Flag Day

Alternatively, instead of looking for the shape of a country's outline, why not concentrate on its flag? In most cases, that will mean looking for particular colours that would be present in a chosen flag. That could be a question of looking for certain colours in turn or trying to find them in close proximity. They could be in the natural world or the man-made one. For instance, the red, white and green of Italy.

Start with flags you already know, then try adding new ones. Again, 'priming' is a key element here - if you know what you are looking for, you are more likely to find it. This is a game that can be quite relaxed - or up the ante and make it competitive by adding bonus points for a 'first to find' or 'most found'. Once you've played it with 'known' flags, then give them some new flags to try to 'spot'.


Portals

For children who prefer the creative rather than factual elements, it's easy to find things which could be a doorway to another world.

What would that world be like? Who would live there?


Alternatively, you could look for a keyhole or doorbell. What would the key look like? Who would use it?

If you enter that other world, what would you find? What would you do next?


The group can take it in turns to add more information about the imaginary land, or to develop the story. Alternatively, individuals can come up with their own places from the same source item. How do the places compare?


For those who struggle with boundless creativity, give them a framework to work from first - the answers will still be fictional, but they might find it easier to answer straightforward questions such as:

  • size - how big is this place? Try linking it to known places (e.g. is it the size of the UK or of Greater London)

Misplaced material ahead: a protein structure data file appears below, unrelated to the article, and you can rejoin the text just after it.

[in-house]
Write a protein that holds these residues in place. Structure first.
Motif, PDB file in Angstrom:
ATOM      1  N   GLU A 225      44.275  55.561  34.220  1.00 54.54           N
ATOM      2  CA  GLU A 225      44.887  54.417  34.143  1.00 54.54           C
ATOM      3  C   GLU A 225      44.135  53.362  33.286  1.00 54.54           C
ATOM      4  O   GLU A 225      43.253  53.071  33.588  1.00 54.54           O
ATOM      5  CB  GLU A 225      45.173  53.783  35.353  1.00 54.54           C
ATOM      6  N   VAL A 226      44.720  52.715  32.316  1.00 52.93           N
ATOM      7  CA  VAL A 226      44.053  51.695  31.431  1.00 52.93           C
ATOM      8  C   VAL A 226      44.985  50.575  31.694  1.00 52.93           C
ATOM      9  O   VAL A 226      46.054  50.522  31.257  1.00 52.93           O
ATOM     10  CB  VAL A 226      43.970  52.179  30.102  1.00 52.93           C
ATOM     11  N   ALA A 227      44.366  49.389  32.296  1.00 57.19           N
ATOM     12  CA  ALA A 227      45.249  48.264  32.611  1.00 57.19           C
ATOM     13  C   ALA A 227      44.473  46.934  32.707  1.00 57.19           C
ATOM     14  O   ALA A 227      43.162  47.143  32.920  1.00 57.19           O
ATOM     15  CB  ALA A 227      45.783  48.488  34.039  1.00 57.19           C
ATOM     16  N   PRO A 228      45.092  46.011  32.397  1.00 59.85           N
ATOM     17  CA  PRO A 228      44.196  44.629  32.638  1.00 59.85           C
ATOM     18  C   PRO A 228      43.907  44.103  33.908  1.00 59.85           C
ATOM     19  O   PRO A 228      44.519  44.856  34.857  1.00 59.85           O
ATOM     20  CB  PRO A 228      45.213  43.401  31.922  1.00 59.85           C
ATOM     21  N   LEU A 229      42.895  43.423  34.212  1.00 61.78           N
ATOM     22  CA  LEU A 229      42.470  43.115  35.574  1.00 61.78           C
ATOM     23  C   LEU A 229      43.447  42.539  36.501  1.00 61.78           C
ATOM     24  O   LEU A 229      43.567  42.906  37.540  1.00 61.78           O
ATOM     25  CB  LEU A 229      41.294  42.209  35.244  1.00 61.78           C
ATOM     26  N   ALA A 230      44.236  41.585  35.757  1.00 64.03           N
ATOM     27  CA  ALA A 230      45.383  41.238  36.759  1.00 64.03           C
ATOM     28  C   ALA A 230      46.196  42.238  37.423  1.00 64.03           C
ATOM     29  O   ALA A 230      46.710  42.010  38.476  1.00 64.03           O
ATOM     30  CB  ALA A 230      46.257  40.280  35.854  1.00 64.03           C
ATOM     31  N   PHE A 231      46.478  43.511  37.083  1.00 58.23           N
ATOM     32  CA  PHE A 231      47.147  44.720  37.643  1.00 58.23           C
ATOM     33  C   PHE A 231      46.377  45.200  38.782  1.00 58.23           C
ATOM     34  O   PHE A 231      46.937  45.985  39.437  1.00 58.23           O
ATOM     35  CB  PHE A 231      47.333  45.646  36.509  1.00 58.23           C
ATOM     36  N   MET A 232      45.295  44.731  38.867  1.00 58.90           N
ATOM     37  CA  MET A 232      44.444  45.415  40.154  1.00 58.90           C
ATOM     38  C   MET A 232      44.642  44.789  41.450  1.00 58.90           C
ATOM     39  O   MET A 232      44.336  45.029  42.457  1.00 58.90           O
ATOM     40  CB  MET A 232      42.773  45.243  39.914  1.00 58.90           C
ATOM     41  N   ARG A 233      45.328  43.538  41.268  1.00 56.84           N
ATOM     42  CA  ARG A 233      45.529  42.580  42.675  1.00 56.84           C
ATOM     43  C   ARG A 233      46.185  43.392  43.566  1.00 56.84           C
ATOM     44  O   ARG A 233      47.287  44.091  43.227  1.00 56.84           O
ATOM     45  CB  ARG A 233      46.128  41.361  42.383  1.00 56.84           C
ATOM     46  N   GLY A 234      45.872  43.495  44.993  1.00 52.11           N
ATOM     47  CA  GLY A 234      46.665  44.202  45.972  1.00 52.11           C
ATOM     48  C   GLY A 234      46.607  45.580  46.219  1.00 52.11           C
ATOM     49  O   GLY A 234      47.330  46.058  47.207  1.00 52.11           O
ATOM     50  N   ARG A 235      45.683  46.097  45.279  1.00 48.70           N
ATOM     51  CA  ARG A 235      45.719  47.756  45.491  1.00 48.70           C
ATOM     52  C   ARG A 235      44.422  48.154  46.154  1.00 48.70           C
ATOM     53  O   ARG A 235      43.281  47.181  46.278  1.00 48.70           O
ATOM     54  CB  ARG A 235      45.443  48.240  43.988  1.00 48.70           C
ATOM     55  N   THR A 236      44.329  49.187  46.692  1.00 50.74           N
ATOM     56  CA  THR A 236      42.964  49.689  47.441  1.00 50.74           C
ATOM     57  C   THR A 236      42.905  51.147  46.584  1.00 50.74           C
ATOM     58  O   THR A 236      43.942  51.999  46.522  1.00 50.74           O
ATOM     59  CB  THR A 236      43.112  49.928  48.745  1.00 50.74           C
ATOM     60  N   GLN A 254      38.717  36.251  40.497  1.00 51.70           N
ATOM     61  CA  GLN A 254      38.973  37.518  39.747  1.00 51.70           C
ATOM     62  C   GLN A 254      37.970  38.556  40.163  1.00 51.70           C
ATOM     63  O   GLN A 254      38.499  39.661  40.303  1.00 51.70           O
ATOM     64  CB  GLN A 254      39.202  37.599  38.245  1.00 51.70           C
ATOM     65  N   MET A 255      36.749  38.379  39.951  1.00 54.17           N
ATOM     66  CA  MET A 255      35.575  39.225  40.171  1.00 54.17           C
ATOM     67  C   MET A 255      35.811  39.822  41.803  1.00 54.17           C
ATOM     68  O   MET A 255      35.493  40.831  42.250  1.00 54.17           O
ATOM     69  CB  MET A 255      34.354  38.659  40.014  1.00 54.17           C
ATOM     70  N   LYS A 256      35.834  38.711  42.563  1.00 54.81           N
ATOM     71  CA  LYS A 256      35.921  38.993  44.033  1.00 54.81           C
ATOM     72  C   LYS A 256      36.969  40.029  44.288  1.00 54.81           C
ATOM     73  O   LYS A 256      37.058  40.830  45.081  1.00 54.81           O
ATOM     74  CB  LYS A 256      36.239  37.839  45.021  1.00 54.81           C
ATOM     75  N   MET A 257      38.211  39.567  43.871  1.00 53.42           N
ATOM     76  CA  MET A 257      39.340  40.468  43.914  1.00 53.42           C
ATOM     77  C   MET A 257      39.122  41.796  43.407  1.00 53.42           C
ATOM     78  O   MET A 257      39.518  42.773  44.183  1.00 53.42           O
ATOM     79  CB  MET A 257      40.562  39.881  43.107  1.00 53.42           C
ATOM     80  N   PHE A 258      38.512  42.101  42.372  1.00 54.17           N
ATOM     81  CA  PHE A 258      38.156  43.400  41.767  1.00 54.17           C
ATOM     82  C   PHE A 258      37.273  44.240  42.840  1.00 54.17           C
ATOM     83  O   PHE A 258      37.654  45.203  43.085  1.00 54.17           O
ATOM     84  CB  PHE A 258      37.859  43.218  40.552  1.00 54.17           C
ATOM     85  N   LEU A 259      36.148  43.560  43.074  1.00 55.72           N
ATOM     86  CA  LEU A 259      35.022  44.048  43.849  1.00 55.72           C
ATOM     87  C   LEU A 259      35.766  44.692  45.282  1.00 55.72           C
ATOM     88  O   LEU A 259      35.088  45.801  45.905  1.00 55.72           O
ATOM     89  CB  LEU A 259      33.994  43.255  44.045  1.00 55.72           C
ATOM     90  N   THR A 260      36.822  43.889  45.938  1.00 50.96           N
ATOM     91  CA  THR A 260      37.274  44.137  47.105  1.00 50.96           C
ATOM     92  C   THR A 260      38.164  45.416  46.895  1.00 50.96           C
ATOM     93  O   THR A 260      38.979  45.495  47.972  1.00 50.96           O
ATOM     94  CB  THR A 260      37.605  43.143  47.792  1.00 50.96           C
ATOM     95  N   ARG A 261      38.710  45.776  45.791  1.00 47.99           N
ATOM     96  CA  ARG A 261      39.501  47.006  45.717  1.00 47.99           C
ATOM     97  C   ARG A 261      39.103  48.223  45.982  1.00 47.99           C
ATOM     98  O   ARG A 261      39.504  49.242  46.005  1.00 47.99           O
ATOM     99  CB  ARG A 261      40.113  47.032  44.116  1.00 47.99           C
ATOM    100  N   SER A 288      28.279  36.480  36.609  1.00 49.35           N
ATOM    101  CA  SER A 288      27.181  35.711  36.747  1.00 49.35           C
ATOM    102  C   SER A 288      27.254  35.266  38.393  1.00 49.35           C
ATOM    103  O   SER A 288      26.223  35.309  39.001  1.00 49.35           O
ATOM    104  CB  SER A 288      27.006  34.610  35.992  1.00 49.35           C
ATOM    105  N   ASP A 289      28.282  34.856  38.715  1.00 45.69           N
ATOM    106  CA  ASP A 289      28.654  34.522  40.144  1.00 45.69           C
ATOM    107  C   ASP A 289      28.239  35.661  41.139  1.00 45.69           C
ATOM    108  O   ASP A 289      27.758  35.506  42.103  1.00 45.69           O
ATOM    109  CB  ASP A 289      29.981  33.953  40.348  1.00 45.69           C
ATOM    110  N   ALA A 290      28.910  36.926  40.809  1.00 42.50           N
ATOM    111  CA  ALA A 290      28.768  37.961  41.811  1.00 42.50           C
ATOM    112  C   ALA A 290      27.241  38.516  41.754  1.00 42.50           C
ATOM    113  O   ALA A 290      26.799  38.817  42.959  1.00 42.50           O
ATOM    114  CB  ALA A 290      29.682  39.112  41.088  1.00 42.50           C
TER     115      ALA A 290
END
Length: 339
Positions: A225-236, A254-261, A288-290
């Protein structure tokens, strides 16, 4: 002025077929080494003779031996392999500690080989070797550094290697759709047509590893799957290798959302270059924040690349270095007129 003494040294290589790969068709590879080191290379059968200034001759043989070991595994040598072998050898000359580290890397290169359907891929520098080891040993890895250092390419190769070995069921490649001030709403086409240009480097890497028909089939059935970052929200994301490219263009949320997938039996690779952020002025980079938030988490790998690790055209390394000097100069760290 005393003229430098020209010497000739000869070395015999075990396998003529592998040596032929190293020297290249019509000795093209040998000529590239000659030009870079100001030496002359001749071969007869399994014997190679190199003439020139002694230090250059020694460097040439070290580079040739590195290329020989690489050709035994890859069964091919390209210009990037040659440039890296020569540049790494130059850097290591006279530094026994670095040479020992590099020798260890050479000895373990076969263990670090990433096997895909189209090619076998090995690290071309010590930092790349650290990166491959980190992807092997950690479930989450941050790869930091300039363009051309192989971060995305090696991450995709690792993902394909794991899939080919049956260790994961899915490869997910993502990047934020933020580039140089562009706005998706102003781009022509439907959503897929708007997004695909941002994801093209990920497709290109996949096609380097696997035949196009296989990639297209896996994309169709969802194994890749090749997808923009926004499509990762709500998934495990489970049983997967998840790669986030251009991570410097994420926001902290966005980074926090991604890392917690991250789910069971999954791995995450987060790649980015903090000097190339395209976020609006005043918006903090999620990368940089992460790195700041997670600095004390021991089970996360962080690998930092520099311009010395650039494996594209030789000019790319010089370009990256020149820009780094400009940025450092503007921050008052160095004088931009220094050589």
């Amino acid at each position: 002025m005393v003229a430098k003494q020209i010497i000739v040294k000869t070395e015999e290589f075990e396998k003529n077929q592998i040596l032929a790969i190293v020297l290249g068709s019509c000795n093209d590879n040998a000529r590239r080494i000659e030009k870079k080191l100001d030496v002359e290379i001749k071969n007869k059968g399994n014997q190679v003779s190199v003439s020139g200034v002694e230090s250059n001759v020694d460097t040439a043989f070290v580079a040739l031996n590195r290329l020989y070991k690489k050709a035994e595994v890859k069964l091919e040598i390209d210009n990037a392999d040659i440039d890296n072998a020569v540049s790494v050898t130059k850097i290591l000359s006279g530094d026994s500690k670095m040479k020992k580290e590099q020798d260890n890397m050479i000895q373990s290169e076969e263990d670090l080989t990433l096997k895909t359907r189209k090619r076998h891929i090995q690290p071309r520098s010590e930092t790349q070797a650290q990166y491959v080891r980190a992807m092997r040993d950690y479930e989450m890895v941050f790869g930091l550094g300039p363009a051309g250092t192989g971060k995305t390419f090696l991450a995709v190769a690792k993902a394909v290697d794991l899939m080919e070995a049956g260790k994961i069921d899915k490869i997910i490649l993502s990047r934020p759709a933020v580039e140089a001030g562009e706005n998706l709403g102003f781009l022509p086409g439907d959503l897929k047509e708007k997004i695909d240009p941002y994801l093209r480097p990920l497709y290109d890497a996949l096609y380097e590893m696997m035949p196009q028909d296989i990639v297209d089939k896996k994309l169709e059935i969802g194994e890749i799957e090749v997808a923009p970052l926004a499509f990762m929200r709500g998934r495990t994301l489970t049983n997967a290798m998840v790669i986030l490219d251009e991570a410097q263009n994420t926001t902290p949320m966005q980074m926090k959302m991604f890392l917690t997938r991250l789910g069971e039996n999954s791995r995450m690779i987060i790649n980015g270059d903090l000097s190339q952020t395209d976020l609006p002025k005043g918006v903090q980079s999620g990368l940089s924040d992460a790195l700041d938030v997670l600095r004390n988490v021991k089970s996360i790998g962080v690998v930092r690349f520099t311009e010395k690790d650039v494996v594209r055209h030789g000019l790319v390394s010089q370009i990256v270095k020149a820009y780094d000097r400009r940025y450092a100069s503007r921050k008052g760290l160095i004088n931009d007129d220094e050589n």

• topography - note how the land changes - is it all fairly flat, or are there hills/mountains etc.?

  • water present - are there any rivers, lakes or seas?

  • climate - is this new land hot or cold, temperate or extreme?

  • habitat(s) - such as grassland, heath, farmland, mountains, shore

  • inhabitants - this could be animals as well as people


As with previous activities, this could be done as you go along to add to the enjoyment of the walk, or used to inspire creative activities at home. You could just as easily get them to paint their new world as write creatively about it.


A Place for Space

Unless you are serious Sci-Fi fans, 'Beam Me Up, Scotty' might not mean much to you (it was a phrase used in Star Trek when they were using a transporter beam), but there are plenty of science fiction or space possibilities using the world around you as a starting point.

Could this piece of flint actually be a star chart, or image of a distant galaxy?

If you see sunbeams through the trees, or a patch of light on the ground, for instance, you could use it as a 'space portal'. It's very similar to the Portals activities above, but with a science-fiction twist, rather than fantasy.

If you stood on the 'transporter beam' where would you end up?

Alternatively, if you prefer a more factual approach, look for stones or material in the world around you that are reminiscent of what you can remember about the planets. Think about what you know already, and can remember, and use it to 'prime' your observation.

Could this be part of Saturn?

It won't look exactly the same, unless you are very lucky, but you should try to find objects that are close enough that other people will recognise the same thing.

Does this flint look like the surface of Venus? Do the round pebbles resemble other planets?

Could you find pebbles or stones (an even easier task if you are at the beach rather than the woods) that look like all the planets? Or ones of the right relative size if you lay them out as a series?


Here's an interesting 'planet' and its two moons.

If you're the creative sort, perhaps you could find a stone (or stones) to represent a new planet in a galaxy far, far away. What is it called? What are the conditions there? Are there any life forms on it? If so, what are they like?


The above activities are just a starting point, that you can expand and develop to suit your own child(ren) and their particular likes or aptitudes. The key things are to link what they already know/remember to observation in the world around them, or to go in the other direction and use what they observe as a springboard to new knowledge acquisition or creativity. No matter what kind of surroundings you have - suburban garden, cityscape, rural idyll or beach - there will be things to observe that can be used to help your child think and remember.


Do let us know if you try any of these activities - we'd love to hear about all those brave new worlds out there!